Mine starting weeping a couple of years ago from a crack, but has self-sealed with rust and seems fine.

    Same! I first noticed a small drip a couple of years ago and it has held up since then.

    Friday morning it finally gave way (luckily I was still there as ten mins later I would have been cycling to work).

    The model I have was superseded in 1984!! I have had a good hunt around but cannot find a replacement heat exchanger unfortunately.

    northernmatt
    Member

    As said before all boilers now and condensing.

    You’ve got a heat only boiler so the easiest thing to replace it with is another one and keep all your current pipework. A Combi boiler to do the same job will probably, as others have said, require you to upgrade your gas run from the meter. The other option would be a system boiler and an unvented cylinder which is probably the best way to go but may end up costing more.

    If your current install is working then just keep it going but that appliance is getting to the stage where a lot of the parts will start becoming obsolete so start saving for a new one.

    Premier Icon grizedaleforest
    Subscriber

    Same! I first noticed a small drip a couple of years ago and it has held up since then.

    Friday morning it finally gave way (luckily I was still there as ten mins later I would have been cycling to work).

    The model I have was superseded in 1984!! I have had a good hunt around but cannot find a replacement heat exchanger unfortunately.

    Six months ago noticed water pooling by the 10 year old boiler. Heating engineer came, looked and said the heat exchanger was cracked and I need a new boiler. He quoted and I think I blacked out at that point. Happens that my builder was fettling in the house at the time and he said why not weld it up. He came along with his welding mate and sorted it out for a 100. Has worked a treat since πŸ™‚

    Premier Icon 2unfit2ride
    Subscriber

    Thanks for the advice everyone.

    Cheers.

    globalti
    Member

    My retired plumber neighbour tells me that in his day you could disassemble those cast-iron boilers and rebuild them with new gaskets. Not much different from an engine rebuild, then.

    Premier Icon footflaps
    Subscriber

    Gas regs require all boilers to have less than 1mb pressure drop to them, so it makes no difference whether to have a combi or not re-upgrading pipe work to 22mm.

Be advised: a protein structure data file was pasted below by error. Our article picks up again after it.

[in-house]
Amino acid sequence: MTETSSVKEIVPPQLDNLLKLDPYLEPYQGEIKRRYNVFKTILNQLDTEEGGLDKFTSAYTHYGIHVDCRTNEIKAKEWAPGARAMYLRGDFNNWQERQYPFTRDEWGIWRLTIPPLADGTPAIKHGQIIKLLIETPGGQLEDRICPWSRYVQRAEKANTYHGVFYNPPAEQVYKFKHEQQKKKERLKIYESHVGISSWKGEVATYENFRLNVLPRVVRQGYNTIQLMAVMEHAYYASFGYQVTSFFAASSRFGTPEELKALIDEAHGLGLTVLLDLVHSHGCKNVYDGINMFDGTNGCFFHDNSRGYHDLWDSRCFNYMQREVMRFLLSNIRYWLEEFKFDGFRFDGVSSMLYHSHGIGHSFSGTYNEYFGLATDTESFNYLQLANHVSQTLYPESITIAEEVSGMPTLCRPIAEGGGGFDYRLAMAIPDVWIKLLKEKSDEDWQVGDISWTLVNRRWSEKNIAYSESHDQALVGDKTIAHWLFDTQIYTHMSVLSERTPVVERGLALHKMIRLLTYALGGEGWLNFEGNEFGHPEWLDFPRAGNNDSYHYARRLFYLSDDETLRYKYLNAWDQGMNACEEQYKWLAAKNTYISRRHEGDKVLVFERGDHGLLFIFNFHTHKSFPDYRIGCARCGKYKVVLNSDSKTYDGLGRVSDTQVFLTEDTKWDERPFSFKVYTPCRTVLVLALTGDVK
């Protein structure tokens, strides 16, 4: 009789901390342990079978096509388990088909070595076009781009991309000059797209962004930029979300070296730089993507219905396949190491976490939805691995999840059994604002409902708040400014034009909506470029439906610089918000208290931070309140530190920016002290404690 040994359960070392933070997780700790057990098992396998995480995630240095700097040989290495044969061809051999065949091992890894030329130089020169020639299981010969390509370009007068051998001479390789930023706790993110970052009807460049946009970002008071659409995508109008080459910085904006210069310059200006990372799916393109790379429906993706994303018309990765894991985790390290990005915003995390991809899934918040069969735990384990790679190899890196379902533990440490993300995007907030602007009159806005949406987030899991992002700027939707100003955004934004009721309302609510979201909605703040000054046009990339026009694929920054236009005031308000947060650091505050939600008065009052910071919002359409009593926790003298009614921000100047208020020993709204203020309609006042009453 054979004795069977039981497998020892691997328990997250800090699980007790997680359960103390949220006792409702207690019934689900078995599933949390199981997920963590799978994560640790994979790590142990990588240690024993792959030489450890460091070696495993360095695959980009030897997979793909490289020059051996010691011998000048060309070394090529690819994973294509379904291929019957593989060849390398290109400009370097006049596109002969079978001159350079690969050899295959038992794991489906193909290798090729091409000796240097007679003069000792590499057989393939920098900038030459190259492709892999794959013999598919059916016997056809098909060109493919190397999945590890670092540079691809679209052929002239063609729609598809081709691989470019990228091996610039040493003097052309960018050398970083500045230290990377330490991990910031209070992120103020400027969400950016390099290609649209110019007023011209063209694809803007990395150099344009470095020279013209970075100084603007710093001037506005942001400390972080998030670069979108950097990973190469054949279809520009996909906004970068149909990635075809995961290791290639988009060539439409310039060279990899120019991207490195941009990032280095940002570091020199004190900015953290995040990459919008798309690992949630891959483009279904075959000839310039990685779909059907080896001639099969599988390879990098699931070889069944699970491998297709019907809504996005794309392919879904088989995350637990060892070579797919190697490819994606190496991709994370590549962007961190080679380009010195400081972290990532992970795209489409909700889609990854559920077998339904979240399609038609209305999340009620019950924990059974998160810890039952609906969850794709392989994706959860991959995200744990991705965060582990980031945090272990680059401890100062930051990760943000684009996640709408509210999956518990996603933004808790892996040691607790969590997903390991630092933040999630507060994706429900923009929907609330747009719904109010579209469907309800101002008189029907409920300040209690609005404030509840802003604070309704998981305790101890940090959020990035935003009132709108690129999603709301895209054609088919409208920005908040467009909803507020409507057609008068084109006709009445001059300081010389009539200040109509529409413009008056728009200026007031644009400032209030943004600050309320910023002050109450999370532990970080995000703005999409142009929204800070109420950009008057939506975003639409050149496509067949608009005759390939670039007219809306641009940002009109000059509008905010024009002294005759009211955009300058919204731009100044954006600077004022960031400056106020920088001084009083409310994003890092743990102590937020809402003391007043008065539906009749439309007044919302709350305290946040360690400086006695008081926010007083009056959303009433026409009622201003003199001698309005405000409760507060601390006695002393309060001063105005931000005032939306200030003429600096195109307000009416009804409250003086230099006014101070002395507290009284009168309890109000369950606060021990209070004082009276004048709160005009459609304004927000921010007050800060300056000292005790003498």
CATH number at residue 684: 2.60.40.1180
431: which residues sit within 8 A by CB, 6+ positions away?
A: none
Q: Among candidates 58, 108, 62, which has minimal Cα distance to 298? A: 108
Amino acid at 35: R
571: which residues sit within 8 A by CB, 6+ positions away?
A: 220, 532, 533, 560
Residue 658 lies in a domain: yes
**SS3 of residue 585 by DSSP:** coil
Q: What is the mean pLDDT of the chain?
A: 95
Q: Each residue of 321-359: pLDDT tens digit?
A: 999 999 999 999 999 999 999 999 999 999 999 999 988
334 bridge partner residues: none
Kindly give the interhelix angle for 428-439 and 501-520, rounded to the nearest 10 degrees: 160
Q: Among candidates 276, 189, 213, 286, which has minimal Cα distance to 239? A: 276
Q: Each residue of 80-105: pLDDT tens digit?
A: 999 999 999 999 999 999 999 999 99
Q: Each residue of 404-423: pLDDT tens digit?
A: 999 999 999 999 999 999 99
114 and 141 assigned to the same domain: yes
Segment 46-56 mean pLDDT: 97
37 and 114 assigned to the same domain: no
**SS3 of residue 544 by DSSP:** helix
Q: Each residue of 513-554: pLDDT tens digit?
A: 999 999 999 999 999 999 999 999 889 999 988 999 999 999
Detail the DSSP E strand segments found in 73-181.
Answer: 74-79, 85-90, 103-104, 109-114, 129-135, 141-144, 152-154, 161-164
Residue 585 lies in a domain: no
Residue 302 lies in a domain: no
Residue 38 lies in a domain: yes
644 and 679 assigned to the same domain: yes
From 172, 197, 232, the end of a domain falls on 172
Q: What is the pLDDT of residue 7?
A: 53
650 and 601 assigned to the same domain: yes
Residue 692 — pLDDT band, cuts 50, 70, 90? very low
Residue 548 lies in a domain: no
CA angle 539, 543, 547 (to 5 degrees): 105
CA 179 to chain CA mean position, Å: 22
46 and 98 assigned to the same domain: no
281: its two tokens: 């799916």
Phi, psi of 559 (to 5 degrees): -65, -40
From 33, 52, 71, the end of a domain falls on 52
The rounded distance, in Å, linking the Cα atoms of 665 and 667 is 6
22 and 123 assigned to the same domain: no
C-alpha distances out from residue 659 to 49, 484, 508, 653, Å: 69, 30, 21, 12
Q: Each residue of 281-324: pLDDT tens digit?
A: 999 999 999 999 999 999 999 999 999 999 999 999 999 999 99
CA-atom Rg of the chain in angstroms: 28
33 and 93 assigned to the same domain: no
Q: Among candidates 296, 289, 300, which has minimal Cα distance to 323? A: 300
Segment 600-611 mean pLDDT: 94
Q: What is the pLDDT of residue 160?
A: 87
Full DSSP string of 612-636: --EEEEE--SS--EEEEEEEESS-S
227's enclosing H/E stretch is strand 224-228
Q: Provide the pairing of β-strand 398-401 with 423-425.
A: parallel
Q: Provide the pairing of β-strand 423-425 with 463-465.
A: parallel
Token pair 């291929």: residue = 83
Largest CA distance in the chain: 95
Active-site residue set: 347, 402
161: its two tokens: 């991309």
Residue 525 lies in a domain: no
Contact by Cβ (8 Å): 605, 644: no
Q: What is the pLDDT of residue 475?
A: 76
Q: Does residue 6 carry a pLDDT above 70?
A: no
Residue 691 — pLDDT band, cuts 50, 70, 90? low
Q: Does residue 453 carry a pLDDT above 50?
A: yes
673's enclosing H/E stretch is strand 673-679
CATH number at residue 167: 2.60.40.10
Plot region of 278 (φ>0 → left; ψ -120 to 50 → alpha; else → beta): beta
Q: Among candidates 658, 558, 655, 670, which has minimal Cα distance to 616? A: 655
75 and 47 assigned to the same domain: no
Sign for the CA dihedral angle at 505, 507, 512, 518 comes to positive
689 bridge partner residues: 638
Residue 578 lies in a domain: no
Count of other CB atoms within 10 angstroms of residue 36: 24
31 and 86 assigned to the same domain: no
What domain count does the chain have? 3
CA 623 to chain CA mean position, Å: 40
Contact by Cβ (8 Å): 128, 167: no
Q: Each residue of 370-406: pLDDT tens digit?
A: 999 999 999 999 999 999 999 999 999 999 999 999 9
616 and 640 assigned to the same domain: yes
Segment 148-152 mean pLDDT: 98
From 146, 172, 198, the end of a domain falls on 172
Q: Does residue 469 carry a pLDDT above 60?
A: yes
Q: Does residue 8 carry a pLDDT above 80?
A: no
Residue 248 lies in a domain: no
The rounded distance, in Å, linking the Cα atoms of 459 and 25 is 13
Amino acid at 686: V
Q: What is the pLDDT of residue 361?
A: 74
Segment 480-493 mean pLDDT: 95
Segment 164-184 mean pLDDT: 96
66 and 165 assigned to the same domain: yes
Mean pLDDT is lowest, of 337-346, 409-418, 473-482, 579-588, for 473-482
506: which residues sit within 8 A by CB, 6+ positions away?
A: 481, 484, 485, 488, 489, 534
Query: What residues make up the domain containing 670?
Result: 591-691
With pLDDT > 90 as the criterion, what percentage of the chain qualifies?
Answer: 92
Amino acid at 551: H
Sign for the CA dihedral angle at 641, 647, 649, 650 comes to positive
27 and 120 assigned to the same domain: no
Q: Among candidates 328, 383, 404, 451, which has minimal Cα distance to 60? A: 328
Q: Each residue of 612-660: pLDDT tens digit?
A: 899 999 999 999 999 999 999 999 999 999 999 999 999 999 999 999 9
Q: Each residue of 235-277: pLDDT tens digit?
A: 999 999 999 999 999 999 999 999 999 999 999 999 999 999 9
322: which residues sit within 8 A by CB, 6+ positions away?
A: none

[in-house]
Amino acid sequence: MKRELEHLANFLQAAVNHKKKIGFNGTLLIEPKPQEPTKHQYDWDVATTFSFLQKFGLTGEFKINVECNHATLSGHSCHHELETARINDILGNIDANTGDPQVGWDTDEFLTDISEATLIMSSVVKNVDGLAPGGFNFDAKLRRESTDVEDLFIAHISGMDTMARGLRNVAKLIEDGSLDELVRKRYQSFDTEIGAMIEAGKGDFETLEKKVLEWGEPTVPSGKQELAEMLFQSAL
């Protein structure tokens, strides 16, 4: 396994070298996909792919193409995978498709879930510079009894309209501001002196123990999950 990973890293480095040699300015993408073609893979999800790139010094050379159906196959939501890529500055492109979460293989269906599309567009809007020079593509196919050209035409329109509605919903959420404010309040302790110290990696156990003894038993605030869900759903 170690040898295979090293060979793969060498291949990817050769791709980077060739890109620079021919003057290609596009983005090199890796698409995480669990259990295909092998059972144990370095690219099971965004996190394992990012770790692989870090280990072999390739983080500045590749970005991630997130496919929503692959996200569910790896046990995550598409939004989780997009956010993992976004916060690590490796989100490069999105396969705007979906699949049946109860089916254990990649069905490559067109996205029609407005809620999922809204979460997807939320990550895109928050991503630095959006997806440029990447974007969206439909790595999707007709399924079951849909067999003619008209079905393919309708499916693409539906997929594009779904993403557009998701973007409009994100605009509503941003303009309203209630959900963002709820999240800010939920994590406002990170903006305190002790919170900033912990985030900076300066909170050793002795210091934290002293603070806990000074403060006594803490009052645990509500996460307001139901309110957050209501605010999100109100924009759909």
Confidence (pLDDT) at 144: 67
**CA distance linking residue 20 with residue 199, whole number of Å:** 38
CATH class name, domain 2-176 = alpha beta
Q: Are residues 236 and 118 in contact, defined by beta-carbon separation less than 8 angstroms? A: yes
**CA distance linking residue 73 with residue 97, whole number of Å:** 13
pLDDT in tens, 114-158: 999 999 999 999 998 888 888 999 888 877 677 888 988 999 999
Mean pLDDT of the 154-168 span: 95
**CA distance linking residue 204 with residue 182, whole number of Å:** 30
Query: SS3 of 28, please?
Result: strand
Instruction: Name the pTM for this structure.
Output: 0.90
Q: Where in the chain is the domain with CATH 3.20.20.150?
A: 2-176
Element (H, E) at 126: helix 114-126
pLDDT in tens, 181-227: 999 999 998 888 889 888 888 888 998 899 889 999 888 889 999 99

allthepies
    Member

    footflaps wrote:

    Gas regs require all boilers to have less than 1mb pressure drop to them, so it makes no difference whether to have a combi or not re-upgrading pipe work to 22mm.

    That may prove annoying when/if my 21 year old Potterton boiler packs up then πŸ™ The gas piping runs through a concrete floor I believe.

    wobbliscott
    Member

    If you’ve a family or live in a family sized house then go conventional. Combis are more efficient for small households in smaller houses where hot water demand is lower. They heat up the water at the rate that it’s consumed so take more energy to heat up a litre of water. If its a big house or a family home where hot water demands are higher it’s far more efficient to heat up a cylinder of hot water slowly, but only if you’re going to consume that amount of water each day.

    johndoh
    Member

    We just moved house and went from a combi to a conventional but we upgraded the tank to a pressurised cylinder – the difference is amazing – mains pressure hot water even when multiple taps are on. With the combi we could actually be in the situation where water wouldn’t even come out of the shower head occasionally.

    We decided to do it as the new place has two bathrooms and we have two kids so the new set-up seemed to suit our growing needs.

    I’d recommend it to anyone.

    alanl
    Member

    Wobbliscott, have a think about your Physics classes at school, and the amount of energy required to heat up a set volume of liquid.

    To heat up a bath full of water takes X amount of energy to heat it from 15 degrees to 55 degrees.
    That amount of energy is the same whether you heat it up slowly over 2 hours, or in 2 minutes.
    It can be argued that the combi boiler will be more efficient as it will have fewer heat losses while heating and (not) storing the hot water .

    Premier Icon footflaps
    Subscriber

    That may prove annoying when/if my 21 year old Potterton boiler packs up then The gas piping runs through a concrete floor I believe.

    You see quite a few houses now with the new 22mm pipe run around the side of the house and back in the kitchen. Saves a load of effort digging up floors / running it behind cupboards etc.

    johndoh
    Member

    To heat up a bath full of water takes X amount of energy to heat it from 15 degrees to 55 degrees.
    That amount of energy is the same whether you heat it up slowly over 2 hours, or in 2 minutes.
    It can be argued that the combi boiler will be more efficient as it will have fewer heat losses while heating and (not) storing the hot water .

    But surely there is a variable whereby the method of heating up said water is inefficient…

    trail_rat
    Member

    Johndoh – a shit combi is always a shit combi

    Had crap ones in rentals. Bought my own place and matched my combi to water use and throttled back the heating heating side ( its designed for that)

    Lovely hot water everywhere an nice low bills.

    johndoh
    Member

    Agreed, but a combi will always struggle when more than one person is using the water feed. That’s what we found – ours particularly suffered because we were on a shared feed with 5 other houses so on a morning when everyone was using water it was sometimes almost impossible to shower.

    Now I can just shower for as long as I want – the water heats up almost as fast as the tank drains πŸ™‚